A landlord usually does have to clear fallen trees, if those trees interfere with or possibly endanger other people. Trimming is also generally legal for anybody who controls the space being trimmed.
Responsibility for Trees on Rental Property
The basic rules for trees are deceptively simple: trees need proper care when they create a foreseeable risk to health and safety on a property, and they are the responsibility of whoever controls the ground where the tree grows. Rental agreements and local laws often govern how these rules apply.
The best way to determine responsibility for a particular tree is to ask whether it’s in a place set aside for the exclusive use of one tenancy. If it is, the tenant will have primary responsibility to notice issues and deal with them using reasonable care. In most other cases, the responsibility for reasonable care belongs to the landlord.
For example, a tenant has primary legal responsibility for trees in a fenced backyard that they rent. On the other hand, the landlord is responsible for trees in a common area outside an apartment, because the landlord has primary control of that space even if it’s used mostly by tenants.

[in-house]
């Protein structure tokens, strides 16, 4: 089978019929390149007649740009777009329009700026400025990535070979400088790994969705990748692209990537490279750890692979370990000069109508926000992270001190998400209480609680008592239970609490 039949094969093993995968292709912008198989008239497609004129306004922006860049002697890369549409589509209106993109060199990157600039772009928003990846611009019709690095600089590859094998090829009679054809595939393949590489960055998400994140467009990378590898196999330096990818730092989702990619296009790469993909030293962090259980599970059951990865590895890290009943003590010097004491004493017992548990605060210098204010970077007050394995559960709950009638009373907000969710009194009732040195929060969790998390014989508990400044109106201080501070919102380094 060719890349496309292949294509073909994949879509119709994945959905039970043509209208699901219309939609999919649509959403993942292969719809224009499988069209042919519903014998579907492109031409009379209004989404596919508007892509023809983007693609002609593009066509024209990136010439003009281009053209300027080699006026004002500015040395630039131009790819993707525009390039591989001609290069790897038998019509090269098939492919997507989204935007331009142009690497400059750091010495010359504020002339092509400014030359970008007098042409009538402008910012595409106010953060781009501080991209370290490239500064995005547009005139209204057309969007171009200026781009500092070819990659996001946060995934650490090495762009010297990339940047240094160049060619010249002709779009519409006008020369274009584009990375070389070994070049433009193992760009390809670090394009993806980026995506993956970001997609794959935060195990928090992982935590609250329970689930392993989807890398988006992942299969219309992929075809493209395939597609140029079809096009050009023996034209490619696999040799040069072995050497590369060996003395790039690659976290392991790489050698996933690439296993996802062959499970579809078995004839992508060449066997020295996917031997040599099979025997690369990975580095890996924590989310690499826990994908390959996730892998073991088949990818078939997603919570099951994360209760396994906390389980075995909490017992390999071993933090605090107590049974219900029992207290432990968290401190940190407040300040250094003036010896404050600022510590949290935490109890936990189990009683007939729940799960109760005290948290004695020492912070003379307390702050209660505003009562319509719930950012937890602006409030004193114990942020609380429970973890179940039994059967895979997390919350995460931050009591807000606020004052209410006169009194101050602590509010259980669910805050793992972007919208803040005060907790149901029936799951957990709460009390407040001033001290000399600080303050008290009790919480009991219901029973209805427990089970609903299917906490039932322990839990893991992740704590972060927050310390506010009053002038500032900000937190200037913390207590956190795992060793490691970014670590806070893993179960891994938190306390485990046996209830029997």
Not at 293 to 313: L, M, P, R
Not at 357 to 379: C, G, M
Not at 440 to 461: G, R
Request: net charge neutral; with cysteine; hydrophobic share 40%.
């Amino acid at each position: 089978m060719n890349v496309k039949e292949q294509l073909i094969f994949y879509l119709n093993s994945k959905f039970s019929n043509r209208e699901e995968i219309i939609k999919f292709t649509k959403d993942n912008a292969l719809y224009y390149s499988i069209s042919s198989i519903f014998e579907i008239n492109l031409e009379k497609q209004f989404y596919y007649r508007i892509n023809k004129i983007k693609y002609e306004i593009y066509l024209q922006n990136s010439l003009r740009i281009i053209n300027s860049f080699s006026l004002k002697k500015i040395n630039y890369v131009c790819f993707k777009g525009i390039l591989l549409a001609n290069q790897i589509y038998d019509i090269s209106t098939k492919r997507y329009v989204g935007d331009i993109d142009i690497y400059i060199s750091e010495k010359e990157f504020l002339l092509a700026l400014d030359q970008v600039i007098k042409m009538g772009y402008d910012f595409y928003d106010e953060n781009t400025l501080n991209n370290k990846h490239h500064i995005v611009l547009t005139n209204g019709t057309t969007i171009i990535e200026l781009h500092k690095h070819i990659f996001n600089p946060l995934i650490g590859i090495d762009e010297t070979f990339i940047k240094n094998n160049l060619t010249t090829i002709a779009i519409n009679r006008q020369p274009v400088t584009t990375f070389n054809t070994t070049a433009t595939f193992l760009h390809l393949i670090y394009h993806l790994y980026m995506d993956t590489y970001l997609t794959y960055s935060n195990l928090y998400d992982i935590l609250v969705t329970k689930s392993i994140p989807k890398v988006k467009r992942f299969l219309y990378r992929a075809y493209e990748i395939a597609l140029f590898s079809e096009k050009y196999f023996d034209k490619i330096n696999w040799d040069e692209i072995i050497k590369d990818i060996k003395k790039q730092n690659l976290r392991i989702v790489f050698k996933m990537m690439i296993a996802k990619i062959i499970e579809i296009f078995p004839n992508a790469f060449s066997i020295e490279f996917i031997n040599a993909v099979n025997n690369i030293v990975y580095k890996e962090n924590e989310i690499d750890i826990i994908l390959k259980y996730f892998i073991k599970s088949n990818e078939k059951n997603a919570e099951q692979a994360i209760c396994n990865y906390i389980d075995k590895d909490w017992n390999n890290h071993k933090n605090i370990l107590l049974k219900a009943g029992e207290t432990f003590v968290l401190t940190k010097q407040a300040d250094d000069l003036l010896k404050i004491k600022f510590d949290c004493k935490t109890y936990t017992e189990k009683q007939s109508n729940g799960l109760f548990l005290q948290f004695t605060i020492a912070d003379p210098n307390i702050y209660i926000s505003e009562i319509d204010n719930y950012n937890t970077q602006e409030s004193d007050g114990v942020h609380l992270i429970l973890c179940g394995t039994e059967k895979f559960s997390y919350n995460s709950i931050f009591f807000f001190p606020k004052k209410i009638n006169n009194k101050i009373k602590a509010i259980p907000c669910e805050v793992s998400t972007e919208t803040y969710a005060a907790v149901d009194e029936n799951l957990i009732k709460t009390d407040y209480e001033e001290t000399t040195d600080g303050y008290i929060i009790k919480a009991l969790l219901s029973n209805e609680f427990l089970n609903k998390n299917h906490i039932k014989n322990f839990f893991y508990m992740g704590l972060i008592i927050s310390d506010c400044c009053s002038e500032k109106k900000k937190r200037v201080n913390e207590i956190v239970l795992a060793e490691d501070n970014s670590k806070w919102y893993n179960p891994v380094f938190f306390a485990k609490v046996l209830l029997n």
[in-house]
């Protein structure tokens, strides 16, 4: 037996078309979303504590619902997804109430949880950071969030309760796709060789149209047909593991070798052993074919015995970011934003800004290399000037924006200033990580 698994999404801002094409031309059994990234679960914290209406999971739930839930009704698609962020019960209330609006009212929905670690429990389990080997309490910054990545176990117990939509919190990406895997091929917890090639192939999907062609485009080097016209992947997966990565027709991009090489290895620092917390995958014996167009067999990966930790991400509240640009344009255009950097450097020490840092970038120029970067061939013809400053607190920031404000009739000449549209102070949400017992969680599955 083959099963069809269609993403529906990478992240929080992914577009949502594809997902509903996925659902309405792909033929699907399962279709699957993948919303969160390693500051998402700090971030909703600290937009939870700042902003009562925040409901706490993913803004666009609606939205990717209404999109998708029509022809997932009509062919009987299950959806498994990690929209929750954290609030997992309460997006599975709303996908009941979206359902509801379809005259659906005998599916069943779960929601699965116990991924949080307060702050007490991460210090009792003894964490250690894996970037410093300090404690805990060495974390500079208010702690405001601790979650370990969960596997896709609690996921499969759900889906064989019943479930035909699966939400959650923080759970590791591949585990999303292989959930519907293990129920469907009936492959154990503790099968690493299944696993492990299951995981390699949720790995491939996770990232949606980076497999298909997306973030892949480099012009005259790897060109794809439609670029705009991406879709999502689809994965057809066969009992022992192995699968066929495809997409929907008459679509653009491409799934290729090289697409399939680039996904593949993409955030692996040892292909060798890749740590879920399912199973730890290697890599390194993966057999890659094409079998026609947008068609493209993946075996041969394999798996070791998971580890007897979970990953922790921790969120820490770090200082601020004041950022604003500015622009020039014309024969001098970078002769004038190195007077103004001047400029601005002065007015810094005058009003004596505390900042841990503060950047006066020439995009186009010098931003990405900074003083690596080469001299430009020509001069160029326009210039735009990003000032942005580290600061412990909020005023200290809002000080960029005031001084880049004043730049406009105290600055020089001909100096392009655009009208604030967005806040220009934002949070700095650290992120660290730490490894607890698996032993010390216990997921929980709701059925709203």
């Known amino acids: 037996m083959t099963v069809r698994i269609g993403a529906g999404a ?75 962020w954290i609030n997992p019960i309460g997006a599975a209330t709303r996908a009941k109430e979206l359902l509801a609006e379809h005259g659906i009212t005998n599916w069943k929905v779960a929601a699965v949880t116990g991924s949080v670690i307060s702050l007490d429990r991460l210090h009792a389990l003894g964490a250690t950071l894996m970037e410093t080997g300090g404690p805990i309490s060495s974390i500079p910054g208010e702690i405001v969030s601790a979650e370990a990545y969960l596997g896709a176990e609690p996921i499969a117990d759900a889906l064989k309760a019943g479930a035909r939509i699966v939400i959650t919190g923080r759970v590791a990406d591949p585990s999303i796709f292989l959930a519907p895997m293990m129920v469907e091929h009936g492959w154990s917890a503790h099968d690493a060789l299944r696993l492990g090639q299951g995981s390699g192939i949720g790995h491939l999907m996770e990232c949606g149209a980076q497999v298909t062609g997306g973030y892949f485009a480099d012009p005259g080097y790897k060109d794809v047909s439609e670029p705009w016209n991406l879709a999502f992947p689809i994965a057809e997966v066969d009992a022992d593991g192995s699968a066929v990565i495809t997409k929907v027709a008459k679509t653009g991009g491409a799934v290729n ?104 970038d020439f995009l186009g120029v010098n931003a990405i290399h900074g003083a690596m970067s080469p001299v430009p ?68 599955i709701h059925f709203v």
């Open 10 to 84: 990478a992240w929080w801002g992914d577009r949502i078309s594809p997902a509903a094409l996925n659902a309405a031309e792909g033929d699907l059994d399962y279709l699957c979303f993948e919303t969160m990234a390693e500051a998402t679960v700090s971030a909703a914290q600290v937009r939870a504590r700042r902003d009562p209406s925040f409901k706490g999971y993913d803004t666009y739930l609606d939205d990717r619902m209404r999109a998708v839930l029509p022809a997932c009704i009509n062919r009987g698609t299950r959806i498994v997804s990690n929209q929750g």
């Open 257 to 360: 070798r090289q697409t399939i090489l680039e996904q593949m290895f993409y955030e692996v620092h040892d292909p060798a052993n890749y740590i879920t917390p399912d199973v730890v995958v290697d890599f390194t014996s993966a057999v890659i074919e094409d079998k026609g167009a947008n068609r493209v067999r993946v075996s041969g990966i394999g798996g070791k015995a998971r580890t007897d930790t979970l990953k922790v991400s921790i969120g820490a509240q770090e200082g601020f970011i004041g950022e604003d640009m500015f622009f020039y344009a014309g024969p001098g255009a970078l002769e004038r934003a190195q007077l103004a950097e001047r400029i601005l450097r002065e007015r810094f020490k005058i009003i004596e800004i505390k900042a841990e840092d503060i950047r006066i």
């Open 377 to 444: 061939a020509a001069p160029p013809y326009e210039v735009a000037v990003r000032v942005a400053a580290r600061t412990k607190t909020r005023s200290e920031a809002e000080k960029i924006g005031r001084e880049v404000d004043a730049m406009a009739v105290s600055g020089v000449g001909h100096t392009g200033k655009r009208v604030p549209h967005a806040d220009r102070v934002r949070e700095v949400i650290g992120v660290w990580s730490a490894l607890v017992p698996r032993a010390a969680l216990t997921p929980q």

Obligation Against Waste: A Limitation on Tenant Control
Although tenants have freedom in access and use of housing they rent, they are not allowed to “waste” property. “Waste” is a legal term meaning any change to a property which could reduce its value or change its fundamental character.
Since trees are a unique and valuable feature of property, in most cases tenants can’t cut trees down, replant them, or make other similar changes without the landlord’s specific permission. Even in areas that a tenant exclusively controls, in most cases a tenant can’t do more than minor trimming without the landlord’s permission. This is frequently an area where the policy is set by agreement in the lease.
Trees from Other Properties
The most complex problems with trees often involve neighbors. Overhanging branches and encroaching roots are usually straightforward: in most jurisdictions, someone who exclusively controls a space can trim roots and branches which extend into that space. However, for something like a tree trunk straddling a property line, there usually is a joint interest involved and the tenant must get the landlord in touch with the other property owner to plan a solution.
Landlord Duties of Care for Trees
Landlords have two different sets of obligations when it comes to trees and rental property. They have a duty to the government and to tenants which requires keeping a property up to code. They also have a (much more non-specific) duty to manage in a way that provides reasonable safety for everyone on the property.
Negligence and Reasonable Care
When a tree creates a potential hazard to health and safety in an area the landlord controls, the landlord must address the risk and provide reasonable warning for anyone who might be unaware. For example, if there’s a rattlesnake living in a fallen trunk, a landlord might be liable without posting warnings and arranging for proper removal of the snake and tree.